Discover more from Overtime
"That's a Casual"
Remembering Terry Eastland, a fantastic boss.
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🚨 OVERTIME 🚨
Happy Tuesday. As I go through the day and plan out what I think you might be interesting, or worthy of your attention, sometimes reality cuts in. Last month, my father in law passed away. Around that time, I found out that my former boss Terry Eastland was not doing well. I wish I had called him, as I do every few months or so. I regret not doing so.
I’d like to co-sign everything JVL wrote about him today. He did a far better job (because he knew him for much longer, and is, frankly, a far better writer) than I had hoped to do. But this is what happens when you come third in the daily newsletter order.
I, too, was a Terry Eastland person. I would run through walls for him. A decade or so after JVL relinquished his role as the online editor (before re-taking that post at the end when digital was a different animal), I was hired. And I worked a lot with Terry. He was, for lack of a better comparison, a saint.
Whenever I see a reference to Diet Dr. Pepper or rhubarb, I think of him. Back at The Weekly Standard, we did “Casuals.” If we did them here, we’d have at least three about Terry. If you’ll indulge me, today’s Overtime will be about him.
I’d like to think that Terry and I, us, including the former TWSers here, were cut from the same cloth. That is only partly true. Terry was a tall, soft-spoken southerner. A philosopher. The man went to forking Oxford.
George Will called him “a public philosopher seasoned by public service.” E.J. Dionne wrote "He is utterly convincing that ethical behavior is central, not peripheral, to a strong presidency."
The man was wicked smart.
JVL talked about him being not hip to the modern ways of publishing. At first glance, that’s a reasonable conclusion. Terry was old school. But, as JVL writes, Terry was wise.
A decade after JVL set up the TWS website, I was there, working on e-books, podcasts, newsletters, the website, advertising, and the like with Catherine Lowe (who is here with us) and JVL couldn’t be more right. Our business overlords were shortsighted idiots. A lot of us turned down hush money to not state our opinions when we were fired, en masse, two weeks before Christmas, when we started this thing.
Terry was not one to be conned by slick talking northerners. I might be one, I’ll admit, but we were kindred spirits in what was good for editorial independence and what was good for the people who paid us their hard-earned money.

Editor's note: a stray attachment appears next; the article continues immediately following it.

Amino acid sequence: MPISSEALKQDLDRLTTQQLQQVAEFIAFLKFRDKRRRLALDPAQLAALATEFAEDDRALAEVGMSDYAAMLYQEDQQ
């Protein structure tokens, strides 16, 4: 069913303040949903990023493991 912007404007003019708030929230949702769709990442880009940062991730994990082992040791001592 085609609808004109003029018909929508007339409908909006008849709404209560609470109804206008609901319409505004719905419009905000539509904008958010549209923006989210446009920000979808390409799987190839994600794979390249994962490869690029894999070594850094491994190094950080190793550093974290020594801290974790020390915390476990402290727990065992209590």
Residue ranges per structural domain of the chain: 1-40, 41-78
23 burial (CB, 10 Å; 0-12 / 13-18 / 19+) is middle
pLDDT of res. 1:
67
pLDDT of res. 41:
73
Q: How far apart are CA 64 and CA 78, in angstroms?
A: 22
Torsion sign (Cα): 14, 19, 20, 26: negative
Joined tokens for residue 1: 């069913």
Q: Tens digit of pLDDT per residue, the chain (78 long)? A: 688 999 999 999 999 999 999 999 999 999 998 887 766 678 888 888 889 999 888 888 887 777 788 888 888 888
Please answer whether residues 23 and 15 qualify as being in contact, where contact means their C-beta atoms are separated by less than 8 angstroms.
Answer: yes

Before the goons forced him out, Terry and I spent a lot of our time battling bad business ideas they forced on us.
Politics ain’t beanbag, but there is nothing worse than lying. And Terry Eastland was not going to lie. No sir.
Our art director, Philip Chalk, at The Weekly Standard, his great grandfather, Whitfield Chalk, served with Eastland, but survived. And Terry’s mom was Philip’s middle school teacher. Chalk was an integral part of what made TWS distinctive. What a weird coincidence.
I recently bought a copy of a Dallas Morning News weekend magazine after Terry was fired by Meese. I was probably 5 when it was published, and our friends at the Dallas Public Library (if you’re a library fiend like me, please consider donating) were able to get me a PDF of this cover story.
Here’s an excerpt:
While Eastland struggled all weekend with the why, he had no trouble determining what he had to do. The morally appropriate, as well as practical, course would be to leave immediately.
Terry was a deeply moral person. I think it’s safe to say that his courage as a government employee, rare today among Republicans, influenced us all as Trump came on stage.
We’d rather lose our jobs than lie. And lose them, we did. And Terry, was first among them. Like William Mosby Eastland, he drew the black bean before we all did. And thanks to him and his wise advice, we were able to establish this thing.
The Bulwark exists not because of the stupidity of Philip Anschutz, MediaDC, and Clarity Media, but because of the wisdom of friends like Terry Eastland, one of a kind. He will be missed.
Don’t go easy on us, but be fair… This election is going to suck.
Psychology in crisis… What happens when established knowledge is called into question?
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